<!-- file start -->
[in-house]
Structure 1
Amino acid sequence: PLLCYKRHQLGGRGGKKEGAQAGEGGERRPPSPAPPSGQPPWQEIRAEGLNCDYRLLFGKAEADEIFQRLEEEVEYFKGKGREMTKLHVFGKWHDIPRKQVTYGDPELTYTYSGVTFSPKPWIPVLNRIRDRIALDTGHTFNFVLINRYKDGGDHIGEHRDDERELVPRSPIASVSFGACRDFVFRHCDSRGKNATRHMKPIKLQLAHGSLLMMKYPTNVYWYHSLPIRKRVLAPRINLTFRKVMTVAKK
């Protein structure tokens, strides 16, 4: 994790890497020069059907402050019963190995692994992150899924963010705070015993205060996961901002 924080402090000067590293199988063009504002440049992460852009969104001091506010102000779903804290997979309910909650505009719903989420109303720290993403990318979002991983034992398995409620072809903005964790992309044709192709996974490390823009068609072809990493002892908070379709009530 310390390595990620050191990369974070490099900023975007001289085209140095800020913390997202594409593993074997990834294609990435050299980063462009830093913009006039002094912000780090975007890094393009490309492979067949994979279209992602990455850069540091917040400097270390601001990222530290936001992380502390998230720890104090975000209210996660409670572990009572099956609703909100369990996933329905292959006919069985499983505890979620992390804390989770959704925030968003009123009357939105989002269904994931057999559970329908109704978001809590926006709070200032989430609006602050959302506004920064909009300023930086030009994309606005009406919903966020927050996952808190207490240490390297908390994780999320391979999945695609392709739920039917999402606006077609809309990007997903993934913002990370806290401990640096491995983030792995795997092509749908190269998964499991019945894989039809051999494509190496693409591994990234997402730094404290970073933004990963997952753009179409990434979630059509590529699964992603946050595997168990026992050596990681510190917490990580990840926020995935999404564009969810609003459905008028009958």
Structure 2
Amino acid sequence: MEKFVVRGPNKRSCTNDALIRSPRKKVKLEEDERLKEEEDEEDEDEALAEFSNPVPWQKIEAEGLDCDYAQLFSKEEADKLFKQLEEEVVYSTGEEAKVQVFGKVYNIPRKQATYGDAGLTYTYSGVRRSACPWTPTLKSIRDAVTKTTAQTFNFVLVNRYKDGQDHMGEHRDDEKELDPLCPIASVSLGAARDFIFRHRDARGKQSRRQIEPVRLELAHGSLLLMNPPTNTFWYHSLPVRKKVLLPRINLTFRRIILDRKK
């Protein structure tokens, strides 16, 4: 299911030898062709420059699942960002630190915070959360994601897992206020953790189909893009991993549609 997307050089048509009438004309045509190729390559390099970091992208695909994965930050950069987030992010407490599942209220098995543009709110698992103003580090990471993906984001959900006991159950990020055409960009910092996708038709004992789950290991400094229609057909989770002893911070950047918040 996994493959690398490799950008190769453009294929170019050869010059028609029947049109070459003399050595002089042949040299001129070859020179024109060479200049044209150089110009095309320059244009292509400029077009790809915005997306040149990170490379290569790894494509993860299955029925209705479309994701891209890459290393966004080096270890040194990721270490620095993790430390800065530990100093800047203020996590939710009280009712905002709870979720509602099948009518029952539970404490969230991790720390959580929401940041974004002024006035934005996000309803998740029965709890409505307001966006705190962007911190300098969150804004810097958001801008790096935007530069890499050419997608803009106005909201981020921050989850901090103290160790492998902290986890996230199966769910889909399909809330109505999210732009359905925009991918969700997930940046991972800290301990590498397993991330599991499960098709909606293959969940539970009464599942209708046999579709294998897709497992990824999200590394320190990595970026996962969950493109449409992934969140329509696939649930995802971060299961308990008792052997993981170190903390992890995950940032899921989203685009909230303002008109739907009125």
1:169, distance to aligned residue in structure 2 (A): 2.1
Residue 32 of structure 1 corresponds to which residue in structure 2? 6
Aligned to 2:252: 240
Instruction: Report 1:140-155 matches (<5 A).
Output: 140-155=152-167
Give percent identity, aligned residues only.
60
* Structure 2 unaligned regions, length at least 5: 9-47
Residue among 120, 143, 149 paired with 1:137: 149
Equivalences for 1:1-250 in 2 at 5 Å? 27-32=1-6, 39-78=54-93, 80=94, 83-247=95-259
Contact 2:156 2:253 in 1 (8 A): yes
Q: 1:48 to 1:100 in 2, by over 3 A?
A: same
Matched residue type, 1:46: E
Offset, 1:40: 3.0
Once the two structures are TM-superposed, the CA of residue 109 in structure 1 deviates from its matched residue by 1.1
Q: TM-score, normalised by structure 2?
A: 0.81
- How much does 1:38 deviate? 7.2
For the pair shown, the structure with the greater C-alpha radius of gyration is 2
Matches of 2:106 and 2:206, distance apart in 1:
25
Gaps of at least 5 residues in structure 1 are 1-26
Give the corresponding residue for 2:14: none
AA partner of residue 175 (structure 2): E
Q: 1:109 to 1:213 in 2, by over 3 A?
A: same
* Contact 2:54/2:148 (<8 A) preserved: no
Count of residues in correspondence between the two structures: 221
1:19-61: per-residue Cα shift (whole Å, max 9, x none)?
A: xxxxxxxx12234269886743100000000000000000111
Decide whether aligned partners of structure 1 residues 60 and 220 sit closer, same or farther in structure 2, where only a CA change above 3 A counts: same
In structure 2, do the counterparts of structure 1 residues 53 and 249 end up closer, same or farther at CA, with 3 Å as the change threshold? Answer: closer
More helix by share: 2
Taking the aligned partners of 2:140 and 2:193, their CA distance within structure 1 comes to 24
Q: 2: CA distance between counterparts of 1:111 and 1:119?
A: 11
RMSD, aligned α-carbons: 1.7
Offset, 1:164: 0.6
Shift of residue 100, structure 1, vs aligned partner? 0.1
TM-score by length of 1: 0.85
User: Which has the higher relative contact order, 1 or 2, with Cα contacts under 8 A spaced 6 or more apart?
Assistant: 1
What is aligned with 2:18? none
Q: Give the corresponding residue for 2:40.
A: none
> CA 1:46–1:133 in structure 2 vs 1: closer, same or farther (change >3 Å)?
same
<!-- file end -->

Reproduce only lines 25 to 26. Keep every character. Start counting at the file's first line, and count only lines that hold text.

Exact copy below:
A: 0.81
- How much does 1:38 deviate? 7.2